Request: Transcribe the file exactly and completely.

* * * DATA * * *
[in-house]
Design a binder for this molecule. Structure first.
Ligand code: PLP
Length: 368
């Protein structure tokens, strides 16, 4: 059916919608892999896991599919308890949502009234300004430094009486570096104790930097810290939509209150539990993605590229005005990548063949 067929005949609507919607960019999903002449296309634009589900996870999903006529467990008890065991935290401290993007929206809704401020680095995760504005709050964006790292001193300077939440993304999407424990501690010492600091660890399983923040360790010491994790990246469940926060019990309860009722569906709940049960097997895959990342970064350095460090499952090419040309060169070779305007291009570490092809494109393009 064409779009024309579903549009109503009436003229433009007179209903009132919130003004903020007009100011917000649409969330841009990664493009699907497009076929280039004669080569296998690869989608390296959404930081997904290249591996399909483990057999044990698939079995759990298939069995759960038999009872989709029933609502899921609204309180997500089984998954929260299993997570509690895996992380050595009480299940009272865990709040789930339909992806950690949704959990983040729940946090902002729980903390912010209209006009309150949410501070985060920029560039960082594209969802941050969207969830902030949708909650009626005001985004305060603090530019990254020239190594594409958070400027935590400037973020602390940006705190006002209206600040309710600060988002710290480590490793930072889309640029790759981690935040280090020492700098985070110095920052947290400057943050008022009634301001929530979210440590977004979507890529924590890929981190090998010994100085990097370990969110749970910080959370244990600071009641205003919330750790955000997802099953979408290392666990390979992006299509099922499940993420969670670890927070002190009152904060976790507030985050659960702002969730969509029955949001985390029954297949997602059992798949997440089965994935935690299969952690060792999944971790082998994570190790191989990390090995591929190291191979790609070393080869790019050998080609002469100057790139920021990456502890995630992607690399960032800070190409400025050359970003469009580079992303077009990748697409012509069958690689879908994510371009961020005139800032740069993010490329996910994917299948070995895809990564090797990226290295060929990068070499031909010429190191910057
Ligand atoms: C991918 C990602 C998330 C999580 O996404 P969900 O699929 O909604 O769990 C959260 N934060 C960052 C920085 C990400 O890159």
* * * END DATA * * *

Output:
[in-house]
Design a binder for this molecule. Structure first.
Ligand code: PLP
Length: 368
């Protein structure tokens, strides 16, 4: 059916919608892999896991599919308890949502009234300004430094009486570096104790930097810290939509209150539990993605590229005005990548063949 067929005949609507919607960019999903002449296309634009589900996870999903006529467990008890065991935290401290993007929206809704401020680095995760504005709050964006790292001193300077939440993304999407424990501690010492600091660890399983923040360790010491994790990246469940926060019990309860009722569906709940049960097997895959990342970064350095460090499952090419040309060169070779305007291009570490092809494109393009 064409779009024309579903549009109503009436003229433009007179209903009132919130003004903020007009100011917000649409969330841009990664493009699907497009076929280039004669080569296998690869989608390296959404930081997904290249591996399909483990057999044990698939079995759990298939069995759960038999009872989709029933609502899921609204309180997500089984998954929260299993997570509690895996992380050595009480299940009272865990709040789930339909992806950690949704959990983040729940946090902002729980903390912010209209006009309150949410501070985060920029560039960082594209969802941050969207969830902030949708909650009626005001985004305060603090530019990254020239190594594409958070400027935590400037973020602390940006705190006002209206600040309710600060988002710290480590490793930072889309640029790759981690935040280090020492700098985070110095920052947290400057943050008022009634301001929530979210440590977004979507890529924590890929981190090998010994100085990097370990969110749970910080959370244990600071009641205003919330750790955000997802099953979408290392666990390979992006299509099922499940993420969670670890927070002190009152904060976790507030985050659960702002969730969509029955949001985390029954297949997602059992798949997440089965994935935690299969952690060792999944971790082998994570190790191989990390090995591929190291191979790609070393080869790019050998080609002469100057790139920021990456502890995630992607690399960032800070190409400025050359970003469009580079992303077009990748697409012509069958690689879908994510371009961020005139800032740069993010490329996910994917299948070995895809990564090797990226290295060929990068070499031909010429190191910057
Ligand atoms: C991918 C990602 C998330 C999580 O996404 P969900 O699929 O909604 O769990 C959260 N934060 C960052 C920085 C990400 O890159």